Gimbel Collection showcases history of flight

  • Published
  • By Don Branum
  • Air Force Academy Public Affairs
More than 1,500 special collections constitute the pride of the McDermott Library here, among them a room full of art and artifacts detailing man's long history and dreams of flight.

The Gimbel Collection, named for Army Air Corps Col. Richard Gimbel, covers the transition of flight from hot-air balloons, first flown before the Constitution was ratified, to parachutes and powered flight.

The collection rests in the McDermott Library's sixth floor, not far from a marble spiral staircase that's lined with an assortment of military rifles and muskets dating back to 1765. A visitor log sits in the front of the special collections area, along with a sign asking visitors to leave backpacks and other bulky containers on a bench at the front.

Inside the room where the Gimbel Collection is housed, humidifiers keep enough water vapor in the otherwise-dry air to preserve the artifacts, which include wax seals that are thousands of years old. Cameras monitor the room to help maintain the area's tight security.

Gimbel, whose family owned the Gimbels department store chain, bequeathed the collection to the Air Force Academy upon his death in 1970. The room was built to house the collection as part of the bequeathment. The Yale University graduate volunteered for duty in World War 1 as an artillery officer and joined the Army Air Corps in World War 2. He began his collection in 1942 after visiting a bombed bookstore in London, according to a pamphlet produced by the McDermott Library.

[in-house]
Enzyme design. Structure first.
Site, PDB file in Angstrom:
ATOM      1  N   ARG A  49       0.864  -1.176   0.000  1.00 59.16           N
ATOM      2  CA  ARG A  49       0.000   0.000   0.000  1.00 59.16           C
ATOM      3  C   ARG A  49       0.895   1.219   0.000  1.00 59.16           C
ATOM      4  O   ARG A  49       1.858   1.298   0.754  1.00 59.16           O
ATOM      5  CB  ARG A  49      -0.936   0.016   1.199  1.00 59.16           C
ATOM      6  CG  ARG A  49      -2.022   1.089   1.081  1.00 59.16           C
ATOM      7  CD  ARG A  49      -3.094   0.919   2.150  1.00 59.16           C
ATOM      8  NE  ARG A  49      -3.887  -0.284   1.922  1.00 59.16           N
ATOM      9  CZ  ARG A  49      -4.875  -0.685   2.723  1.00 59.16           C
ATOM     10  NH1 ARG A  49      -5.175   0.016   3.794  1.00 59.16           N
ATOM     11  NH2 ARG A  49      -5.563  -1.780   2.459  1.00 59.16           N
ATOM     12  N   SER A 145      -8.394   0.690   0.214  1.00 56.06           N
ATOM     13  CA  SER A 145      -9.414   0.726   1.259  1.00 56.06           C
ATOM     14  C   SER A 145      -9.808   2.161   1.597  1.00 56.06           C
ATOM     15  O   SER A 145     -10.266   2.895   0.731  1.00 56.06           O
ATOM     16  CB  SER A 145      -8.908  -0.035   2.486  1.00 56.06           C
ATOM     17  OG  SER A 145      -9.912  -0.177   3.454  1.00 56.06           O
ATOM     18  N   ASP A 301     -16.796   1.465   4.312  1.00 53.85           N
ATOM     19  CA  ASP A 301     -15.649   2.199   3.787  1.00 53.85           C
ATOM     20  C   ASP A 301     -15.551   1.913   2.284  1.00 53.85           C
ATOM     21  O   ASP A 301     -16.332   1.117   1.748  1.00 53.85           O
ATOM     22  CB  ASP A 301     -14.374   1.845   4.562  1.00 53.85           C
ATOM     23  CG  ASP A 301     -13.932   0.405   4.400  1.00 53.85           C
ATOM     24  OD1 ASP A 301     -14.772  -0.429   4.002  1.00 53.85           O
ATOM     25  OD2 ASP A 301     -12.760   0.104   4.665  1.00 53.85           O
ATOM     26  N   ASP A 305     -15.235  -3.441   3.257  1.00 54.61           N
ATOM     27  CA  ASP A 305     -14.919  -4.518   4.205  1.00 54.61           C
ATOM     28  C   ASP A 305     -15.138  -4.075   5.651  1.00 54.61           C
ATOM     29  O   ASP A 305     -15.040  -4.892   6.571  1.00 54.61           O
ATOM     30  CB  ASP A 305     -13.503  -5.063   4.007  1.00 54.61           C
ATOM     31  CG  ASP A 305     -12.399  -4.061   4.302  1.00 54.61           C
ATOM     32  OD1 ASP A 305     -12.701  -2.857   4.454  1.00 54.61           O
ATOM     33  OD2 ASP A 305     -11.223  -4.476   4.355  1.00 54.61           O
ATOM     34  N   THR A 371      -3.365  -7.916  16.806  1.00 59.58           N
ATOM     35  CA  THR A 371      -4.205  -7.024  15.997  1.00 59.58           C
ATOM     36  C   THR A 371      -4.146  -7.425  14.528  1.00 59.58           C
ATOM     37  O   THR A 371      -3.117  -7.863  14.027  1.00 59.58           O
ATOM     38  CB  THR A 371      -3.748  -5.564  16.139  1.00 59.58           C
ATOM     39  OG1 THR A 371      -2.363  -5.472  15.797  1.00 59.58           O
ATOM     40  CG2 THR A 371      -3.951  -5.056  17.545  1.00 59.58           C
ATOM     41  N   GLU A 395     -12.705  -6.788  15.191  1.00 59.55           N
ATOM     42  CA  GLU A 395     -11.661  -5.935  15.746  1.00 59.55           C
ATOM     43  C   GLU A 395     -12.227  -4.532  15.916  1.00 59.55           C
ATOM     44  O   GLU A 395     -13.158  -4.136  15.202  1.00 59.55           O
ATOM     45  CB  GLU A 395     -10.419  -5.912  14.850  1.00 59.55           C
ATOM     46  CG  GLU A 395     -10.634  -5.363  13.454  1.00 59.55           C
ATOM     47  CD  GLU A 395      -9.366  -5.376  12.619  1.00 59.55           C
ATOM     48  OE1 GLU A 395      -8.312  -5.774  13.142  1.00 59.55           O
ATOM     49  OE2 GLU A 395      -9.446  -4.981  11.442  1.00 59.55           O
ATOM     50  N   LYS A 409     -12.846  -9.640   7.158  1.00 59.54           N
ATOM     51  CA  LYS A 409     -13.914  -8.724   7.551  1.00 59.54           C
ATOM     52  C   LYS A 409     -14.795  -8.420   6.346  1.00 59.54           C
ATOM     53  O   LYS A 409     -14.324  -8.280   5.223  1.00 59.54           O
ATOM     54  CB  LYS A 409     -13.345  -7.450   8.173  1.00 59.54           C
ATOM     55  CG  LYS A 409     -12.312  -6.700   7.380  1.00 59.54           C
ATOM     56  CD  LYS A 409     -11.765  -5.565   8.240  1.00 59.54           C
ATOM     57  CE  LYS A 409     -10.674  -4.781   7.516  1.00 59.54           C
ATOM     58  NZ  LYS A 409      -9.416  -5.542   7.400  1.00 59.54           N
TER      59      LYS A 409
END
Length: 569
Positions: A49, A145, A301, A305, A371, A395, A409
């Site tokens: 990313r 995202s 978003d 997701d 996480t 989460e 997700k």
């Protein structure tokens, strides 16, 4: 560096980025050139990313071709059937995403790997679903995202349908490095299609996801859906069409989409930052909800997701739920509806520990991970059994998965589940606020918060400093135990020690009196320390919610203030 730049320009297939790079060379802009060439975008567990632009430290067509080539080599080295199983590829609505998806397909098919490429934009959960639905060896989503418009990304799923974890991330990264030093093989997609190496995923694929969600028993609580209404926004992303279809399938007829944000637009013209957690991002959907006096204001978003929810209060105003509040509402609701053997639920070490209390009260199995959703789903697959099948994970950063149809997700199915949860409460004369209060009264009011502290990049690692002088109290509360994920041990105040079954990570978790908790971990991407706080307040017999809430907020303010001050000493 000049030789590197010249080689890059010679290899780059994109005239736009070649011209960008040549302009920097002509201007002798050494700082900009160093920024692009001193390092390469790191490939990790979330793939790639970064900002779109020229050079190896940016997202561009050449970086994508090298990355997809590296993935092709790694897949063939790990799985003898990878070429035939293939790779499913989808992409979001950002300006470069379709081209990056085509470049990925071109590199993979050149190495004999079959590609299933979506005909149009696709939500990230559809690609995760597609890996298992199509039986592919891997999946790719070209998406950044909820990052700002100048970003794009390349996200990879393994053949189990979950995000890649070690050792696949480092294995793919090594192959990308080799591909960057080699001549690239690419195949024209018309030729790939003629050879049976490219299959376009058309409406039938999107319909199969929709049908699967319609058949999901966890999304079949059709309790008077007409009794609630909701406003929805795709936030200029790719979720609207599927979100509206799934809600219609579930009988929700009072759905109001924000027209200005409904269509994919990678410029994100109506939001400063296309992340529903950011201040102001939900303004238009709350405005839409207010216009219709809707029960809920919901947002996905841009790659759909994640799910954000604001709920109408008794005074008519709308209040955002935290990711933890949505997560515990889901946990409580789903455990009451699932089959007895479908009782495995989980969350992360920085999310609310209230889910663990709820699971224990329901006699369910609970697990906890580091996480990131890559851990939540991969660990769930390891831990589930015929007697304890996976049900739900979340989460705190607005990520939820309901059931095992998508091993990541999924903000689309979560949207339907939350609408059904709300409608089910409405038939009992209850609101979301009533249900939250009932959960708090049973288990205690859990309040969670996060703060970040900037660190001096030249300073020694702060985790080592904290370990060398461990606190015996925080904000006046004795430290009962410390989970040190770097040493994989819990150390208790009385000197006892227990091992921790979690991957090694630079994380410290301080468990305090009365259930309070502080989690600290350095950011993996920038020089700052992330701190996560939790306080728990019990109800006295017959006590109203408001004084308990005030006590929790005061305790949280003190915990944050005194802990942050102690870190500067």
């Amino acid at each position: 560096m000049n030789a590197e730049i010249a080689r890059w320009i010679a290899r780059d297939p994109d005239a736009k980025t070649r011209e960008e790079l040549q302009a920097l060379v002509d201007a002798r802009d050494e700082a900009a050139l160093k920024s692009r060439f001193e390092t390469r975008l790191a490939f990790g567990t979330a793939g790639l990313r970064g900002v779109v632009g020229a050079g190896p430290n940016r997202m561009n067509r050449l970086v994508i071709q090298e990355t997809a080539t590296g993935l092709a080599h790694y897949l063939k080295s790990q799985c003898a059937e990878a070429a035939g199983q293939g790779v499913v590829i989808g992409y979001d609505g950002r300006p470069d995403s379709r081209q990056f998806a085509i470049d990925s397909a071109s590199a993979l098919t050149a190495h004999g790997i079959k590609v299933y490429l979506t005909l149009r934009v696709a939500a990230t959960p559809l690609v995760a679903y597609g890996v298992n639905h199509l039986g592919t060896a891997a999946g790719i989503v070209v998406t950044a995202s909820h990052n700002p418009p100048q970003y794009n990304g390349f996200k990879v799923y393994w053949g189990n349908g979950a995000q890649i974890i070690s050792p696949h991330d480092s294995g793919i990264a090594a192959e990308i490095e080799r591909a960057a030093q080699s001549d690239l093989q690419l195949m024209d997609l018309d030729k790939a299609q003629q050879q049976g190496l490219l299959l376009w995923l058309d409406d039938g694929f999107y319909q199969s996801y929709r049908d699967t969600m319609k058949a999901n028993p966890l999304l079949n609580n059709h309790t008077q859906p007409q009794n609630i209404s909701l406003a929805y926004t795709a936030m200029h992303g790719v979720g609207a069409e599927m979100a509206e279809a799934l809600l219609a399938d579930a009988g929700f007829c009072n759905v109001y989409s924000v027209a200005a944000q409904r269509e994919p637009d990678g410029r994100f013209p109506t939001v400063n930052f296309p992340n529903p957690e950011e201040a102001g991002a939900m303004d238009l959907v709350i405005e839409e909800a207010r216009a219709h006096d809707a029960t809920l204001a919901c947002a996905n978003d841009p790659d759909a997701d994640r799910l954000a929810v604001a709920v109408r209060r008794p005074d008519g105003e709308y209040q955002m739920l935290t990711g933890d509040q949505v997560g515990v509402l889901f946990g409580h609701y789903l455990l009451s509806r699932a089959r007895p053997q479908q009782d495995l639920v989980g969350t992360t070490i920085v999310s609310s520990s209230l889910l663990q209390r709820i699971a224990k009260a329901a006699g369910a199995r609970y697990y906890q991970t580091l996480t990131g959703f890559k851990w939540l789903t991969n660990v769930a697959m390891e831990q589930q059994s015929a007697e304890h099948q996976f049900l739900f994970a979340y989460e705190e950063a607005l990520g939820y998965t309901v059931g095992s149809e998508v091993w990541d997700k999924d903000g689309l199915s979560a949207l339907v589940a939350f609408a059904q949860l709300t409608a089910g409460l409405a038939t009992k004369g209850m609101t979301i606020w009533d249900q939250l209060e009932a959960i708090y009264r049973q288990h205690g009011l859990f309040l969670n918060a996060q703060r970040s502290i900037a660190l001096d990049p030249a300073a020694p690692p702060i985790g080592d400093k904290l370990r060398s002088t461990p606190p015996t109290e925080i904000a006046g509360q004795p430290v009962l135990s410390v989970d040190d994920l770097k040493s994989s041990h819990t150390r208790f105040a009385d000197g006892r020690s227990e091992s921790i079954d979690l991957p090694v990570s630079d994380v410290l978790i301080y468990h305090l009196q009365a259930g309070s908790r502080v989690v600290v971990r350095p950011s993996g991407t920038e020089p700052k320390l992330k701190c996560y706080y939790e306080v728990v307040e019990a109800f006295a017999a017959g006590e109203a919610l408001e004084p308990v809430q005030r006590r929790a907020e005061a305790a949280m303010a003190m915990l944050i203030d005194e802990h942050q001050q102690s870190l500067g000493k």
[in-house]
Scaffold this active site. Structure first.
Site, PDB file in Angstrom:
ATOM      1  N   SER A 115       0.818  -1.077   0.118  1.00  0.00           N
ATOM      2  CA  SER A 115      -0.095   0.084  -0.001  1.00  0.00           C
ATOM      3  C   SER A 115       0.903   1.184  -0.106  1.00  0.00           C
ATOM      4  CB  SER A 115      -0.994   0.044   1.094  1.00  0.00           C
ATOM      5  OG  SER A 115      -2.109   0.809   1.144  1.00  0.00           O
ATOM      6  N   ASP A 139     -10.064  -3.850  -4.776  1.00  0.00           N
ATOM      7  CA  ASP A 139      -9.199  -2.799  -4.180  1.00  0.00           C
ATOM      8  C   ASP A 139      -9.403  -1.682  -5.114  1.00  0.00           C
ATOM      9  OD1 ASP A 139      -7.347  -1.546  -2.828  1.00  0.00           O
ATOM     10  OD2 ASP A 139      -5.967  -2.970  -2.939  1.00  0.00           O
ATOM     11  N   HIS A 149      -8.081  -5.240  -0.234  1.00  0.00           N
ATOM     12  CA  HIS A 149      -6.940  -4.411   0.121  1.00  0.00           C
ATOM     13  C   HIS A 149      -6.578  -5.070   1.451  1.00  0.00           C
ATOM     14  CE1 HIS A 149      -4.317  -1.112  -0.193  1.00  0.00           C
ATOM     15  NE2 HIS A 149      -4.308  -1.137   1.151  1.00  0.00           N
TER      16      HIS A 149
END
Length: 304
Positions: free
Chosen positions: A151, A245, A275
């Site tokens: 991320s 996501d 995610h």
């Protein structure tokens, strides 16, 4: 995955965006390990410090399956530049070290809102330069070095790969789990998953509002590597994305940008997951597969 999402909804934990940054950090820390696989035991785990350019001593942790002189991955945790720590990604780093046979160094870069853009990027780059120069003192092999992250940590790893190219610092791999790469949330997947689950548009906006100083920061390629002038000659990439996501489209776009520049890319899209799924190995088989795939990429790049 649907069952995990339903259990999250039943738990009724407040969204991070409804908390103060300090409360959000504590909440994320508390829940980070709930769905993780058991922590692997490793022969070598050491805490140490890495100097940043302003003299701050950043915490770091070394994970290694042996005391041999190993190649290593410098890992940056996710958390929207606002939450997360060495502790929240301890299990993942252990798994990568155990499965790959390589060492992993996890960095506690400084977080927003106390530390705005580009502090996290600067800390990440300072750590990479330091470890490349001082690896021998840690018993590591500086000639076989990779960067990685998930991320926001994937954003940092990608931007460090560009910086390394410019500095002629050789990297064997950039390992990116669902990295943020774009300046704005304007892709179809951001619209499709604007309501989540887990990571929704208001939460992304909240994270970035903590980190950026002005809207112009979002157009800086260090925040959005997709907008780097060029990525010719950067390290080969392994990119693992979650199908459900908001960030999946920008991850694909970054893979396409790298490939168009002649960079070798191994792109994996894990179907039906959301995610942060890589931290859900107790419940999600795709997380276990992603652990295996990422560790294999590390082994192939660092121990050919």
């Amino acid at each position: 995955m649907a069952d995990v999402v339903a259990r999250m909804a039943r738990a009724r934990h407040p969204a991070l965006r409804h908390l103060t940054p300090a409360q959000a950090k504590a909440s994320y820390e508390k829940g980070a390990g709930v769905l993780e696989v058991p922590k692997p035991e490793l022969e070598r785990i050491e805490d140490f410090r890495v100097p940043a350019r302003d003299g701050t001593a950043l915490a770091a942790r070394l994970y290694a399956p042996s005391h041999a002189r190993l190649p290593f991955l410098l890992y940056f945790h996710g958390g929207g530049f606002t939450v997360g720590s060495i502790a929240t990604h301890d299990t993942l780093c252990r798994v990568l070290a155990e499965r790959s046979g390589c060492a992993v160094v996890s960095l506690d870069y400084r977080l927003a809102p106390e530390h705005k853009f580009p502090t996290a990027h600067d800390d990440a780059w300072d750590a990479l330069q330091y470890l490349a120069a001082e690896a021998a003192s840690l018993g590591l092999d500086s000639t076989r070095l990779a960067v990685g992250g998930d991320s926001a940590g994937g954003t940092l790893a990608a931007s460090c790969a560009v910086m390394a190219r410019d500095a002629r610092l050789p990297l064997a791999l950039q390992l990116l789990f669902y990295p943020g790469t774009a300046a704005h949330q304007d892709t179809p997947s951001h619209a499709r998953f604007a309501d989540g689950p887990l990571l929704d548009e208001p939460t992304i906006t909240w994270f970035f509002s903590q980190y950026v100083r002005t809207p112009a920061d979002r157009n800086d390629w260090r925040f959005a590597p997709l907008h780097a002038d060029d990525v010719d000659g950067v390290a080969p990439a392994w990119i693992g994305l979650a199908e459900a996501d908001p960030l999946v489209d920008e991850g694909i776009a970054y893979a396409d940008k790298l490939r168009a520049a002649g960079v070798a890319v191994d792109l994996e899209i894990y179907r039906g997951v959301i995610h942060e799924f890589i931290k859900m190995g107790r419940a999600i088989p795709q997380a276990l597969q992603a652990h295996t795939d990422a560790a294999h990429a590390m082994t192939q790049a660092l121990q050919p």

The Gimbel Collection is one of the Academy's more prominent special collections. Others include the Stalag Luft III Collection, donated by retired Brig. Gen. A.P. Clark, and the Royal Air Force Eagle Squadron Collection, donated by retired Brig. Gen. Phil Caine with bequeathments from Reade Tilly and Wilson Edwards.

Dr. Mary Elizabeth Ruwell, the chief of special collections, maintains the Air Force Academy's artifacts, including the Gimbel Collection. She's worked at the McDermott Library since 2004, but her interest in collections and archives started some years earlier.

"I kind of got in through the back door," Ruwell said, smiling. "I was working for an insurance company that was very old, and I was bringing people through the company's museum and archives."

Ruwell, a graduate of Georgetown University, picked up her doctorate in American Studies from the University of Pennsylvania and took a job as an archivist for the National Archives and Records Administration, which has its headquarters in Washington. She later worked as an archivist for the Smithsonian Institution as an anthropological archives director, then as director of the Peterson Air Force Base Air and Space Museum.

"After reviewing the candidates for the (chief of special collections) position, it was clearly evident that no one could match her combination of education and experience," said McDermott Library Director Dr. Ed Scott. "Among her accomplishments are establishing an ongoing materials preservation program, creating an active volunteer worker program, maintaining her active ties in local and national professional organizations and initiating a digital archives program that will make Academy materials available worldwide."

The Gimble Collection gets some visitors from around the Academy but has been quiet in recent months, with one notable exception, Ruwell said.

"We didn't have the faculty come through for faculty orientation, but we had a (Basic Cadet Training) squadron march in, single-file," she said. "They stayed for three or four minutes, then marched out again."

The room, along with the Academy's other collections, exist so that cadets can see history firsthand, Ruwell said.

"Our mission is teaching cadets how to look at and use primary resources," she said. "It's a question of showing history rather than just talking about it. Having a collection of things you can touch is invaluable. I think cadets who come up here have a better appreciation of time and change."